New Recruit: Many options open for the future

First published in the MLA Newsletter, December, 2012.

Long Island lobsterman Justin Papkee is keeping his options open for the future.

Long Island lobsterman Justin Papkee has a lot of options before him. The twenty-two-year-old, who attends Fordham University in New York, has just one semester left until he receives his bachelor’s degree in physics. Justin lobsters off Long Island, is a member of the Long Island volunteer fire department, and works as an EMT while at college. “I don’t know what I’m going to do after I graduate. Maybe come back here and lobster, if I can make enough money,” said Justin. He could also teach physics, math, or find another position that uses his degree. “I’ve got lots of options,” he said.

Originally from Massachusetts, Justin grew up on Long Island and began lobstering with friends who come from fishing families. Justin is the only person in his family who fishes. “My dad will come out with me sometimes to help when my sternman can’t make it,” Justin explained. “It’s nice to have him on the boat with me.”

Justin fishes on his boat, Scottish Heritage, a 30’ Repco, but is in the process of buying a new boat. “I didn’t really need a new boat,” he admitted, “but the new one is a good deal and I couldn’t pass it up.” His new boat is a 37’ Repco. “It will be really nice to have a bigger boat. Especially since I’ll have one hundred more traps next year, putting me at 800 traps total,” Justin said. A bigger boat also will be better for the annual boat races in Portland. “I participated this past summer. I didn’t win the race, but I did win the drawing for a gift card for fuel, so that was good,” he said with a smile. In fact, Justin found himself far from winning any race. “I think the only boat I was ahead of had engine problems. Someone even told me they couldn’t figure out what I was doing out there, and then they realized I was racing,” he said. “But it was a fun experience.”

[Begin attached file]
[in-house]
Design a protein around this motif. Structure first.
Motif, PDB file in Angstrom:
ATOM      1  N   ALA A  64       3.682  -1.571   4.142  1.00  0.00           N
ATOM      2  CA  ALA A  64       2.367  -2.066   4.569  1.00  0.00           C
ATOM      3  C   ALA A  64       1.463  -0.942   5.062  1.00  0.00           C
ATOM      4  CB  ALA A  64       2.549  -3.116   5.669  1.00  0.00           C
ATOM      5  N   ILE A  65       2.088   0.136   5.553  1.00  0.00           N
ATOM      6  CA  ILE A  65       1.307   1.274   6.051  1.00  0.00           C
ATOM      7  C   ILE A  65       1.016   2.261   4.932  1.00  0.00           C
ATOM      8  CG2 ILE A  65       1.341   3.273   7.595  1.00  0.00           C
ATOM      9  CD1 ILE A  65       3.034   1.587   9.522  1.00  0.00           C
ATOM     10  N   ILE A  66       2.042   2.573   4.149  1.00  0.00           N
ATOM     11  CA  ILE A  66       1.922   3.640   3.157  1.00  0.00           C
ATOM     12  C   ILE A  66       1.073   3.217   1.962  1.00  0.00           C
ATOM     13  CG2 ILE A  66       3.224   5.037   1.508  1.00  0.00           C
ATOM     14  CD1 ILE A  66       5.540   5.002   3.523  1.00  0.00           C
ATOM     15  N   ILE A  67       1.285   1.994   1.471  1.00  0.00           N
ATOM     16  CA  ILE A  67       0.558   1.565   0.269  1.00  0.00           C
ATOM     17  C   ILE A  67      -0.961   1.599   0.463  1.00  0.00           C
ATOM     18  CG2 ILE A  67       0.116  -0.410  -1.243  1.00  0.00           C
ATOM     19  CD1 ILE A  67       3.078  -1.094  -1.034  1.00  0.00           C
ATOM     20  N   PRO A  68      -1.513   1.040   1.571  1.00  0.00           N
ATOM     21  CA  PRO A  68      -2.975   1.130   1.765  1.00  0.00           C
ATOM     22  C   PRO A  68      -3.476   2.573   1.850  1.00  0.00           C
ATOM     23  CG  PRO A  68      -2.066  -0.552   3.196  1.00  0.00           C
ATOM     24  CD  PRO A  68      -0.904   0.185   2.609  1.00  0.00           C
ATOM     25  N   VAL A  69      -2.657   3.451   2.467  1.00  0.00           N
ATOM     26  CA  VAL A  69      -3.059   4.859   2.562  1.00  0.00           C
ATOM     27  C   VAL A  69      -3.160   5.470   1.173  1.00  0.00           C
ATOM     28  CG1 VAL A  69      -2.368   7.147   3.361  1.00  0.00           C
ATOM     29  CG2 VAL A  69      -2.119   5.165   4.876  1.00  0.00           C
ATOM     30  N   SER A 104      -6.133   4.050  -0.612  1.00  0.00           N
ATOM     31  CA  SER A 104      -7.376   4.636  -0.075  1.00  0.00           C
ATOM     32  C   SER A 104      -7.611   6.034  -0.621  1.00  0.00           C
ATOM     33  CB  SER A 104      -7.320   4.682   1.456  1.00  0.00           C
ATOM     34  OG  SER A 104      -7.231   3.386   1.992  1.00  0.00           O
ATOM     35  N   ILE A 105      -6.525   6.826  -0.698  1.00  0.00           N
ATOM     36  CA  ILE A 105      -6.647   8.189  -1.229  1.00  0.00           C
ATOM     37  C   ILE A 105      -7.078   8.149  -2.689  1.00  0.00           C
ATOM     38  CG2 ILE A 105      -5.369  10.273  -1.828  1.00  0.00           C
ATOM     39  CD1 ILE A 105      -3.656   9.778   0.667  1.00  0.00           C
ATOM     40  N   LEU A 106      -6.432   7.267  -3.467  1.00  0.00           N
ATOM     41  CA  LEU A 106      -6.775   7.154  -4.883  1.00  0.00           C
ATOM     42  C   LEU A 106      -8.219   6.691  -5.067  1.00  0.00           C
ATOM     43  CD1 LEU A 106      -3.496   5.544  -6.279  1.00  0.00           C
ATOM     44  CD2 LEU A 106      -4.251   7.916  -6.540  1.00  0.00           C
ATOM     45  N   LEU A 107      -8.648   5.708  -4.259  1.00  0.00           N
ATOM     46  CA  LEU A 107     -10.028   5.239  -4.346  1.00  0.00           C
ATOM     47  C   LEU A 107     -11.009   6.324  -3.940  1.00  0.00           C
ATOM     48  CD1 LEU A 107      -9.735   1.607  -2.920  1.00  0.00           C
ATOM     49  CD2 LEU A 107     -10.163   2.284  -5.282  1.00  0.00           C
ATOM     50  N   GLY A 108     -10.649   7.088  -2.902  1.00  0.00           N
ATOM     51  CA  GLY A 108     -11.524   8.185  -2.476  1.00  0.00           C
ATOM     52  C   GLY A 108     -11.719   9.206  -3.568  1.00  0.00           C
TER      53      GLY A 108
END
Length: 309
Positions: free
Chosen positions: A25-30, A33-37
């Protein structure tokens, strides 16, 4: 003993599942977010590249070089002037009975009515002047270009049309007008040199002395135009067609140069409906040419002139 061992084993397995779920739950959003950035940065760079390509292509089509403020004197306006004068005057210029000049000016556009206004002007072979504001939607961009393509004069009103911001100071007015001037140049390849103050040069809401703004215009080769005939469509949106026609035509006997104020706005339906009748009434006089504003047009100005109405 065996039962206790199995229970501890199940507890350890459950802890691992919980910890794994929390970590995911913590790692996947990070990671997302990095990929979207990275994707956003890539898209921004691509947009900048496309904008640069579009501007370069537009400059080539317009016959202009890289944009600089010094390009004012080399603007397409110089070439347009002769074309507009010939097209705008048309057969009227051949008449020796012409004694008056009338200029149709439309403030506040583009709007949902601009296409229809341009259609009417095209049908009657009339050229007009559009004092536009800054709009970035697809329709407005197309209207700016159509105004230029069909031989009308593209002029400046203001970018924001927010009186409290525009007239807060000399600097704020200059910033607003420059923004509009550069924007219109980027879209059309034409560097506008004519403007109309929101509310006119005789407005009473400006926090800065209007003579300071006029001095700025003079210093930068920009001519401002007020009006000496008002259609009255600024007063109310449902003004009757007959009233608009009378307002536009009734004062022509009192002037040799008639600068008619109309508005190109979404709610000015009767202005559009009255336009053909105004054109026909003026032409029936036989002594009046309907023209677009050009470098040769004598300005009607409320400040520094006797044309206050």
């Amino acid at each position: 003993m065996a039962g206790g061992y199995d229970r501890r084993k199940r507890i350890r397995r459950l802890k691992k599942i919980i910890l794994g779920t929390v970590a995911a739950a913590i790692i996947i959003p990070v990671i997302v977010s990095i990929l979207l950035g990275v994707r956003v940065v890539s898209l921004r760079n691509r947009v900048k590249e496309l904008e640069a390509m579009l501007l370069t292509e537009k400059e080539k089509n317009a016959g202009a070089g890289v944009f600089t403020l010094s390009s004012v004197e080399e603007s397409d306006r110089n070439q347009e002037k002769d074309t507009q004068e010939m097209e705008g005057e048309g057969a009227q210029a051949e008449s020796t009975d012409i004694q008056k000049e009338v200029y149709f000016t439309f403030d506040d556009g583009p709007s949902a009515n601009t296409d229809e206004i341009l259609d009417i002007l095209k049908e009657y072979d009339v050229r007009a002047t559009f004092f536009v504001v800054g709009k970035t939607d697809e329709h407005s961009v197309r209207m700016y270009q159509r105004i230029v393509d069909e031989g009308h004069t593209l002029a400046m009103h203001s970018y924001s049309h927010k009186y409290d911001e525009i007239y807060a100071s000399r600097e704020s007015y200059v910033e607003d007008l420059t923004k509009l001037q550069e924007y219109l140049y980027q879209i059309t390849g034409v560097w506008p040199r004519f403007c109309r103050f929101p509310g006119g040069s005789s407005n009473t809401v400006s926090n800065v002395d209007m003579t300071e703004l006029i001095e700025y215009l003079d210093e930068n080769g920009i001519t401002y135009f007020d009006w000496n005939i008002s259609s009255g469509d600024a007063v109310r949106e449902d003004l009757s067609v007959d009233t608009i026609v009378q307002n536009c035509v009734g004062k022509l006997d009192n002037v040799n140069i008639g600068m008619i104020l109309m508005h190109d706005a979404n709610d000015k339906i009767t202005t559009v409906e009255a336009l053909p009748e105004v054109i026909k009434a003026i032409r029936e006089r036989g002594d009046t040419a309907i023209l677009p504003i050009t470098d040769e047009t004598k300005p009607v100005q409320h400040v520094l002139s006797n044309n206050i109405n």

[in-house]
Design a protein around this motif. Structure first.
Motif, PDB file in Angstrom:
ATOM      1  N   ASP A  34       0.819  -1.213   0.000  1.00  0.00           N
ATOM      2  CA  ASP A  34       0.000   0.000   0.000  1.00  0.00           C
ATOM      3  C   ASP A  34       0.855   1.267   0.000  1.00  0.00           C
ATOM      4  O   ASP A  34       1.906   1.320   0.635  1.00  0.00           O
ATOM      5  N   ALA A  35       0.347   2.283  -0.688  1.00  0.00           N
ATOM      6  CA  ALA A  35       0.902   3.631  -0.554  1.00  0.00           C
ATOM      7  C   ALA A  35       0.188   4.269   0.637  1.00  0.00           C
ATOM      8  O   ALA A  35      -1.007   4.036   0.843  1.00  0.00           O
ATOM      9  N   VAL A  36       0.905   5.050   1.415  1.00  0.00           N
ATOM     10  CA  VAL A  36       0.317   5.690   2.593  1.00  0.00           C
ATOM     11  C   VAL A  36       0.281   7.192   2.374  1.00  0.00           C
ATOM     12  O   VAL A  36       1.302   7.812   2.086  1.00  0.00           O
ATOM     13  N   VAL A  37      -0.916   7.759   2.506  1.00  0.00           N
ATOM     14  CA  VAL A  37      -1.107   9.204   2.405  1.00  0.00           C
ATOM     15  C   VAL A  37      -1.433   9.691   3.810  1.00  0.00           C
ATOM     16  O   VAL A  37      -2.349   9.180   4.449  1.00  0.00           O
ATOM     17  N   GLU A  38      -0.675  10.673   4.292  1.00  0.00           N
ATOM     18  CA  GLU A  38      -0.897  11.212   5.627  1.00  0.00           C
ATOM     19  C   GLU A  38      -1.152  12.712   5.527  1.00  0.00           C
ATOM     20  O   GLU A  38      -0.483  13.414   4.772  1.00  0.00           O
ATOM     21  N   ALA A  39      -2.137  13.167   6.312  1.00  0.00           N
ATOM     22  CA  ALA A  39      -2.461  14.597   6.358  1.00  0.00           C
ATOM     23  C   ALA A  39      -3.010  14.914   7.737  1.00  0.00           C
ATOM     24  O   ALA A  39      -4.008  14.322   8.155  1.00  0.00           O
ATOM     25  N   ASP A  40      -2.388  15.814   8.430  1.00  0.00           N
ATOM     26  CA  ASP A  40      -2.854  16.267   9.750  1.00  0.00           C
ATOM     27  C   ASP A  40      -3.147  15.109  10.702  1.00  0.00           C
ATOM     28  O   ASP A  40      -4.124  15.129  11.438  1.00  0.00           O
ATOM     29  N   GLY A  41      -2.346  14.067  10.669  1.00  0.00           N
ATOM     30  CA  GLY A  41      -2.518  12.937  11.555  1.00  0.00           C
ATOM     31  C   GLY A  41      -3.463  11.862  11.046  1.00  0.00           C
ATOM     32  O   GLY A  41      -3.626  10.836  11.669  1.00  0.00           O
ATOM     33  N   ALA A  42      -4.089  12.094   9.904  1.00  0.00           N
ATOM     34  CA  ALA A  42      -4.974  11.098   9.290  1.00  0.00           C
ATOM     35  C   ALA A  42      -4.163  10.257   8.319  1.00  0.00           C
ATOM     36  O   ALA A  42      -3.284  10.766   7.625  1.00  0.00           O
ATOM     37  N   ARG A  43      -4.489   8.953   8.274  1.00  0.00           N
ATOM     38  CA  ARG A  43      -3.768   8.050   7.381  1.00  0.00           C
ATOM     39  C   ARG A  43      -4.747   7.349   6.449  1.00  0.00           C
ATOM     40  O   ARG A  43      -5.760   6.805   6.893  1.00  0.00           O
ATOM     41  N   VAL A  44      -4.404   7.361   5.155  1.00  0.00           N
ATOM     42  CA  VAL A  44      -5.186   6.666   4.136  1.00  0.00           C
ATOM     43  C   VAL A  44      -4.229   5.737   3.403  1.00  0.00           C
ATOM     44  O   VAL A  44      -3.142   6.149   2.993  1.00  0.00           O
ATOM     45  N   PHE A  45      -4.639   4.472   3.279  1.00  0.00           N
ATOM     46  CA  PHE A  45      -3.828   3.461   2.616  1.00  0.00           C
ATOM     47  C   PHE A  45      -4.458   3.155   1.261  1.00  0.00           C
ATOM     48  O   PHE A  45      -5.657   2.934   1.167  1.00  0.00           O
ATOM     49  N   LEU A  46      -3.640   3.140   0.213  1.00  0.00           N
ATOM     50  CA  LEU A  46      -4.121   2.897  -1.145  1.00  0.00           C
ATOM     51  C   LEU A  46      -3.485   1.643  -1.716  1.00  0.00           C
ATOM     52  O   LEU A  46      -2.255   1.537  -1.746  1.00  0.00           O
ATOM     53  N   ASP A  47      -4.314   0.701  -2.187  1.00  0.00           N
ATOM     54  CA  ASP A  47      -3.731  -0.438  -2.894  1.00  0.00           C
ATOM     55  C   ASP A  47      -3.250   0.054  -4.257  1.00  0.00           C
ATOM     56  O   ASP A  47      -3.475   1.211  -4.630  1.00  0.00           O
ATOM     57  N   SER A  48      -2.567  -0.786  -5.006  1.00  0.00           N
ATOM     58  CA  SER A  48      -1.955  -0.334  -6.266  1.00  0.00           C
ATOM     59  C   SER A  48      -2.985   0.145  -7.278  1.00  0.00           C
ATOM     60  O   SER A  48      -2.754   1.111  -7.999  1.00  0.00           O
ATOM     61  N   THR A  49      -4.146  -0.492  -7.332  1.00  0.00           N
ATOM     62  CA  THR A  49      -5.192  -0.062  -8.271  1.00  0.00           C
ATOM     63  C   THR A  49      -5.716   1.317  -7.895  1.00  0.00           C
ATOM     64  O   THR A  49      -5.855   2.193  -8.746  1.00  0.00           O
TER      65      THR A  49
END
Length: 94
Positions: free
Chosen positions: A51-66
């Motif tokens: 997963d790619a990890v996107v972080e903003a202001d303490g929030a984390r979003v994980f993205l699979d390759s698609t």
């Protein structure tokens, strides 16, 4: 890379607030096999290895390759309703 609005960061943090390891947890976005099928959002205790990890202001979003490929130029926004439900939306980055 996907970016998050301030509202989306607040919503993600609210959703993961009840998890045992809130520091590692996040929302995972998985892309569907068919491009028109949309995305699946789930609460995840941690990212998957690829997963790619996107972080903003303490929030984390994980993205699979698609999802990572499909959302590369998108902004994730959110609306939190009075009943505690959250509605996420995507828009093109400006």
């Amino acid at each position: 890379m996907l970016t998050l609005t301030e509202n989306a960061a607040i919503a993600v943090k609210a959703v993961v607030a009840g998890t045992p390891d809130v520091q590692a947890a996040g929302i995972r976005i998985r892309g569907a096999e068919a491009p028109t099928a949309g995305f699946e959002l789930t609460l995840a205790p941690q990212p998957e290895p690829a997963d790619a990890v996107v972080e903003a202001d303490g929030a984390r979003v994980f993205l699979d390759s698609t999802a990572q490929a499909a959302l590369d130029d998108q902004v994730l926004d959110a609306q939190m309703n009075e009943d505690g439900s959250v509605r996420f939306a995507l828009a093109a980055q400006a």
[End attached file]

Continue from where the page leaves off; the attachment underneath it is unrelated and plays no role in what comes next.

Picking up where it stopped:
Justin usually fishes in the summer and spends the rest of the year at college. Since he didn’t need any of the classes being offered during the fall term, he decided to take the semester off and spend it on the water. “It’s my first full year of fishing. And actually, it’s been my best year,” he said. But he was quick to point out that he could have done much better if the price weren’t so low. “It’s been my best year because I have one hundred more traps than I did last year and because I’m spending more time fishing,” Justin said. “I’d consider fishing full-time after college as long as the price isn’t as low as it was this year. That was just bad.”

Justin sells his lobsters to Down the Bay Lobsters on Little Chebeague Island. It’s convenient to have a place to sell his catch near Long Island. “Living on an island is different than living on mainland,” Justin said. “You have to plan your day around the ferry’s schedule. But it’s also less hectic here. I like it.” He also enjoys his time in New York City and the Bronx while he is at school, but could never imagine living there full time.

Long Island lobsterman Steve Train used to take Justin as his sternman and eventually began bringing him to various meetings related to lobstering. “I’ve been to all kinds of meetings. I find them really interesting and like to hear all the different opinions from different places. And it’s really interesting when there are different opinions from people fishing in the same area. I like being able to sit back and listen without being too involved,” he explained. “But maybe I’ll become more involved if I stay in the state and continue to fish.”

Lobstering is just one of the fisheries Justin is interested in. “I went to a seaweed meeting the other day,” he said. “I think it’s a good opportunity for lobstermen to diversify and have a way to make money during the winter. But right now, it’s still unknown how much money you can make from seaweed aquaculture and who will buy it.” As he sees it, getting into seaweed aquaculture wouldn’t cost much since he could use his lobster boat and wouldn’t have to do much to maintain the growing algae. “I’m also interested in shrimping. I think I’ll try that this winter. It’s good to diversify,” he said.